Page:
Steve Gibson had a peculiar situation with his Dell computer.
“It’s Windows XP and that is not supported by Microsoft anymore, so that’s when I started getting error messages that your PC’s outdated, you need to update,” says Gibson.
Gibson couldn’t even get to his online banking. Messages kept popping up so he called the 1-800 number they gave him and told the guy he’d buy a new computer.
“He convinced me that I did not have a PC issue, that I had a network issue and that even if I went and bought a new PC I was still going to have the same issues.”
The man from Microsoft was really a scam artist. Gibson paid the scammer $650 for what he called malware protection. Not long after, they said his PC was in trouble again and they needed $1100 to fix the problem. That’s when he called us.
“What happened is he went somewhere on the internet and he’s gotten malware,” says Detective Laura Soulier with the Mobile County Sheriff’s Office.
That malware is now causing the error message to pop up. And these scammers will say anything to make you think they are who they say they are.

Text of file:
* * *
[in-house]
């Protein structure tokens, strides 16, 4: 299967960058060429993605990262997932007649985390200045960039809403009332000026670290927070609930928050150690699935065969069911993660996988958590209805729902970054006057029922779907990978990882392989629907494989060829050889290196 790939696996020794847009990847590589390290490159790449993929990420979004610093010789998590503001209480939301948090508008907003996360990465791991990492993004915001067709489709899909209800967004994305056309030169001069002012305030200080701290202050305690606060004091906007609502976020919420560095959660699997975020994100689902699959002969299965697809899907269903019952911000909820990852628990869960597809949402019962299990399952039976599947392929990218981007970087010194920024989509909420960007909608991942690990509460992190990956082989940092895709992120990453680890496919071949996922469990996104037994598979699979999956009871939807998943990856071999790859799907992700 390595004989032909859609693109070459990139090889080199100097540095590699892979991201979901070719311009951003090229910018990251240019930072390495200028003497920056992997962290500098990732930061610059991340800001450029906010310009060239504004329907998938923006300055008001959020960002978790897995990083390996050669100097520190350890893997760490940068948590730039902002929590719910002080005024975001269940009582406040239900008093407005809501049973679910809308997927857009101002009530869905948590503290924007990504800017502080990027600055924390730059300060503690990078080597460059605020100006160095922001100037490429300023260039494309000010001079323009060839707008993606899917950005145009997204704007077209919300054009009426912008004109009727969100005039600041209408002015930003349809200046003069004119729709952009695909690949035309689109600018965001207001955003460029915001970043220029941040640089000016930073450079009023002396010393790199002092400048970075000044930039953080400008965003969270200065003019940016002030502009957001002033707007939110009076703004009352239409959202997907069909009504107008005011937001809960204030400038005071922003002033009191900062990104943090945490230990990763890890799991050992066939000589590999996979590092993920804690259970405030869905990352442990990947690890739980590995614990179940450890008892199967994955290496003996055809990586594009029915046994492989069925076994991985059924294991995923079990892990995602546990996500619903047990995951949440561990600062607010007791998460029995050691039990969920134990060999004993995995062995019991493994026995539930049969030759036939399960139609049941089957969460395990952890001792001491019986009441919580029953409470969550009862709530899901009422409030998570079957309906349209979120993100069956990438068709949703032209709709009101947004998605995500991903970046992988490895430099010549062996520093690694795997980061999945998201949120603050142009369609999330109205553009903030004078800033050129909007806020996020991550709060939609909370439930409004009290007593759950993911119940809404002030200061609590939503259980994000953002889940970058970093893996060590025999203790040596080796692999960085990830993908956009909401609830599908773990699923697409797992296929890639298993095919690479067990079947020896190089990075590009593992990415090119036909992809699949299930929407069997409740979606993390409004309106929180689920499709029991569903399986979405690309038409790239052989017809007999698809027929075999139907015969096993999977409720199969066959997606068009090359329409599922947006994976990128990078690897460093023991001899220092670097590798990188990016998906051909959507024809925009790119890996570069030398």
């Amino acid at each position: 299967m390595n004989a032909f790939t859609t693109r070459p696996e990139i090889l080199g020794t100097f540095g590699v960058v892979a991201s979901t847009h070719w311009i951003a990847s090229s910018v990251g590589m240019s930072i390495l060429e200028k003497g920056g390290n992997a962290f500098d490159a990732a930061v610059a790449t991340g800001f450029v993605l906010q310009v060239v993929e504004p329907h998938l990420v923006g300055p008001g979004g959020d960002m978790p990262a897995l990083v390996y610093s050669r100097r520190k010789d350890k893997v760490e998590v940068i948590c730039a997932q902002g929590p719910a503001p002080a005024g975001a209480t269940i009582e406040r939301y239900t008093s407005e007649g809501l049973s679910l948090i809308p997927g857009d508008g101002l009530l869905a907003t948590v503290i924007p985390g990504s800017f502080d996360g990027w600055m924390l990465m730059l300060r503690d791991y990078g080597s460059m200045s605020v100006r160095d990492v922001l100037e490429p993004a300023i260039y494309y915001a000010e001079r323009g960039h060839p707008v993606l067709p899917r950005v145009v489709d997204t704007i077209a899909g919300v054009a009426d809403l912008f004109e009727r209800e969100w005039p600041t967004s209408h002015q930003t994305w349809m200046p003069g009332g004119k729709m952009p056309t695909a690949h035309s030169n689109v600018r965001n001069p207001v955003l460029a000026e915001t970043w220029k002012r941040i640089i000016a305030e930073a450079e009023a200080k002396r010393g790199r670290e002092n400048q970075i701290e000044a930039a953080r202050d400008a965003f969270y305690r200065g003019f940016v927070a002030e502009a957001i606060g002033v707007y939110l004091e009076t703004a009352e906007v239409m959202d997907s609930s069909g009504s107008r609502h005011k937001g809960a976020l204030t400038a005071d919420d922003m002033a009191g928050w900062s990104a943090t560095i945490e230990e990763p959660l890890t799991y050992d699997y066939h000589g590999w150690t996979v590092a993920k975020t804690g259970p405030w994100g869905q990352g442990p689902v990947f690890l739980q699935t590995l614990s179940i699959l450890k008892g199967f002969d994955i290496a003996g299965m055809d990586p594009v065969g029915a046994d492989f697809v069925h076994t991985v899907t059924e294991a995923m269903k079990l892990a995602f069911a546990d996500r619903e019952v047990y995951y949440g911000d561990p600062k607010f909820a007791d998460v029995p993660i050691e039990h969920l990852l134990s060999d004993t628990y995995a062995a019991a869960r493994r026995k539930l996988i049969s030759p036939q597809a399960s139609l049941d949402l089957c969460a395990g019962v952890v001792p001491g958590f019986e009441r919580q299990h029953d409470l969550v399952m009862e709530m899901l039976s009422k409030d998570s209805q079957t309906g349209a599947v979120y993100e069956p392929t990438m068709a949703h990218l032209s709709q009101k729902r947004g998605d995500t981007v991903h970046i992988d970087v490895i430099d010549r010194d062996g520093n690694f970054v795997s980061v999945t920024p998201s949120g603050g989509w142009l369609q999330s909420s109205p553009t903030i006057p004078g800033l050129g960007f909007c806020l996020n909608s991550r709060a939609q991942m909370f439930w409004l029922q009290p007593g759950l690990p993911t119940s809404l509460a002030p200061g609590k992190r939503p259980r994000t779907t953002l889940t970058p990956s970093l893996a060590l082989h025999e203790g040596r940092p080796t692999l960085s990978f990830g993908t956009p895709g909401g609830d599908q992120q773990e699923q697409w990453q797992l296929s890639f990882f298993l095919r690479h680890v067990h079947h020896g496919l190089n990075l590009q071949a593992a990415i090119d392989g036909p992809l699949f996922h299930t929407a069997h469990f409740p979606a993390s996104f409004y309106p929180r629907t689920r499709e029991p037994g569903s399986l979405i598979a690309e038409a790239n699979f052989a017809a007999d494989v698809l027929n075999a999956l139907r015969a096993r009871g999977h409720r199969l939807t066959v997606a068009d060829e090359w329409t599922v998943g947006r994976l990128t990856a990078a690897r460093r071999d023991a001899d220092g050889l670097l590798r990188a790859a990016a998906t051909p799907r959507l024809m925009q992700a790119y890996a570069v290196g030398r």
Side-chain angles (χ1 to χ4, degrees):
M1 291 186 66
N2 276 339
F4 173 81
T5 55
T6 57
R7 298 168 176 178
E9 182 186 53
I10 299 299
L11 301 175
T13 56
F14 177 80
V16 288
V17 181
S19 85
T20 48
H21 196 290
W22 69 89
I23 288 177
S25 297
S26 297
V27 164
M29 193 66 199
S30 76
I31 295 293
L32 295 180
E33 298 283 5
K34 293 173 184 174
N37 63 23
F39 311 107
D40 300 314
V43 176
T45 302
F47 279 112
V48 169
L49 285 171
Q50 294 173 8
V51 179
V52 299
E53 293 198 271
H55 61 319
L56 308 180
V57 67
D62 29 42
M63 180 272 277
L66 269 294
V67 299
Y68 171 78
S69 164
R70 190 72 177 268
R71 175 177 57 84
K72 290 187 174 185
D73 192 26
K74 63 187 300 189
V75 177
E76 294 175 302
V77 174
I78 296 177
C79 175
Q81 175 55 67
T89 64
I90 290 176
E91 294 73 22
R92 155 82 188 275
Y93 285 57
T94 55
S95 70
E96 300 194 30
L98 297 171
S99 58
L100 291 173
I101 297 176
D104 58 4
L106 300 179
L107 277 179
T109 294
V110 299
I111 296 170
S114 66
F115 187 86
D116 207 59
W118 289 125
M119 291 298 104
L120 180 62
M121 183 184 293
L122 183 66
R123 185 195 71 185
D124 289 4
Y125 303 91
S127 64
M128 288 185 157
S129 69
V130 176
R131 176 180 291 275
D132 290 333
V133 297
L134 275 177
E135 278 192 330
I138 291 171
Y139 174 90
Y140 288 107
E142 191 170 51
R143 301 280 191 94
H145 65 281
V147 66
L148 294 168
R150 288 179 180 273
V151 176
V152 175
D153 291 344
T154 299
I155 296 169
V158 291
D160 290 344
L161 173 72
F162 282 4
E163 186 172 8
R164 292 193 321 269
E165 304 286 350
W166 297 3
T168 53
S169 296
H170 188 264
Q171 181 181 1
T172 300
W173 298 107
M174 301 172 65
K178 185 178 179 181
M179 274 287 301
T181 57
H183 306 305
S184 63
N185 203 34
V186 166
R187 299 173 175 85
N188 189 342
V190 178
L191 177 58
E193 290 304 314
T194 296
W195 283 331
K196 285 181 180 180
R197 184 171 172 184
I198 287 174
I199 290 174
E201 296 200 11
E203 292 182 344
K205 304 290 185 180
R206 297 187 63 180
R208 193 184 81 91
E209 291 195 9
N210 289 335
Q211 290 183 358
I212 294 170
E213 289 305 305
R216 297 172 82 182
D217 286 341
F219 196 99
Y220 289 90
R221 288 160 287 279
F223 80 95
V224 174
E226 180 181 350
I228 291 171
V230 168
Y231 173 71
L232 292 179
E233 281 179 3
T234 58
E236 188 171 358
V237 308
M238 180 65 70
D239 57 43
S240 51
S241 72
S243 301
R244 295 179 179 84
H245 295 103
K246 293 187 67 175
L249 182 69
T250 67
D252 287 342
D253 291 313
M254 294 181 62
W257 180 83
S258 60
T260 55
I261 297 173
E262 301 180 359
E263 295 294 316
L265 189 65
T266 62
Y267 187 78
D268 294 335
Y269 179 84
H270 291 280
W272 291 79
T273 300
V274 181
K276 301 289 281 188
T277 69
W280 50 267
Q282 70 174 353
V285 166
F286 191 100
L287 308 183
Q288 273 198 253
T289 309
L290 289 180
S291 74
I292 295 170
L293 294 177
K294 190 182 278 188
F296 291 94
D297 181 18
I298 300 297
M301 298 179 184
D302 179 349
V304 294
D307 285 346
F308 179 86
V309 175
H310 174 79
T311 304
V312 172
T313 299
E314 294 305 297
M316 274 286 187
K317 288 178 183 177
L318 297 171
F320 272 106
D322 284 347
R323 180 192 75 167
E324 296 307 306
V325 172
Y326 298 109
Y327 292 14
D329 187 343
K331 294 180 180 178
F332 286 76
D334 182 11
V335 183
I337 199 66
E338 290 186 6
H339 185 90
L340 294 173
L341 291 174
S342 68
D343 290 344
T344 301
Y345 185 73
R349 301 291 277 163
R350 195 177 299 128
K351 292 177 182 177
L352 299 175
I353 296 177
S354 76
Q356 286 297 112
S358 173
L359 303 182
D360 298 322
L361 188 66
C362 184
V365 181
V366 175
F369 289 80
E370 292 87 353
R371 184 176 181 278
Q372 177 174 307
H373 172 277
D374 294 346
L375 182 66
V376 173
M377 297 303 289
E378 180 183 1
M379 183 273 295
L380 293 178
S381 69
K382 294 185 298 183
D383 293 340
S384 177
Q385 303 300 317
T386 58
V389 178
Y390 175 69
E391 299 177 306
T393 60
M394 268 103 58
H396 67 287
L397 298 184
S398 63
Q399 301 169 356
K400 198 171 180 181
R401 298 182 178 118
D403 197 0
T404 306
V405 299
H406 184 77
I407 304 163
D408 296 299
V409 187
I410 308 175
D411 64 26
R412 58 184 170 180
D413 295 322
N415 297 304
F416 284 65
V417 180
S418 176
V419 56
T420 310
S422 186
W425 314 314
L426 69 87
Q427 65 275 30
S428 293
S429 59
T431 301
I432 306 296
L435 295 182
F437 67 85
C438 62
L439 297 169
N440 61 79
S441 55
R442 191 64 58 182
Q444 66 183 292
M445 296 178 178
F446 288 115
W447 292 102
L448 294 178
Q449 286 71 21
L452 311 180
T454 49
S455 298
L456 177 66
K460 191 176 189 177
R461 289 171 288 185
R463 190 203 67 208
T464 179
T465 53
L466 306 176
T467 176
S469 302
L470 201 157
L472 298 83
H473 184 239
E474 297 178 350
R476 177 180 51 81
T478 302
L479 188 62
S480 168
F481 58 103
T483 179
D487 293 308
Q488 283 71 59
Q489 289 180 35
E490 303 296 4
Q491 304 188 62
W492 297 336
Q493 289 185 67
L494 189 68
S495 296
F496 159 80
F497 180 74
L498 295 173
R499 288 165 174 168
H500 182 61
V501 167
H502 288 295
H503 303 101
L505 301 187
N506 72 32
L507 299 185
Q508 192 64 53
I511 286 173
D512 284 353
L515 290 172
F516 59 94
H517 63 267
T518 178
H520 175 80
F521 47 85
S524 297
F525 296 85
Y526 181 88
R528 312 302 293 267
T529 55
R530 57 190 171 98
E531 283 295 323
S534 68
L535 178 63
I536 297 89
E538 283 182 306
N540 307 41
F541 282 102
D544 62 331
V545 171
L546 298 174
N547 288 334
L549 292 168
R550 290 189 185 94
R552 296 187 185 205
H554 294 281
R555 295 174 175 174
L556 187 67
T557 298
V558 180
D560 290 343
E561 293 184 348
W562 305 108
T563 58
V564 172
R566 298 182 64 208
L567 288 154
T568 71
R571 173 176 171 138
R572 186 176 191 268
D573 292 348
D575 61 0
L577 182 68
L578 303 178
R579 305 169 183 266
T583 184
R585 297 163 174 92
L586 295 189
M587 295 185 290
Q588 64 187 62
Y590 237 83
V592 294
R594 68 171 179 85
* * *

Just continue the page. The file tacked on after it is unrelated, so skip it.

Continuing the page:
“And they know how legitimate businesses normally work. I’m going to give you a reference number, I’m going to give you some kind of a case number,” says Soulier.
And the unfortunate mistake Gibson made was paying them the first time.
“They think you’re an easy mark, they’re going to come back and they’re going to try for more,” says Soulier.
“You just can’t trust people on the phone, if you can’t see them in person, you can’t trust them cause you just don’t know who you’re talking to,” says Gibson.
Soulier says the scammers likely have downloaded software that tracks Gibson’s keystrokes, catching all his passwords…and this could escalate into ransomware where the scammers take over his computer entirely if he doesn’t pay. The best thing for Gibson to do is to destroy this computer and get a new one.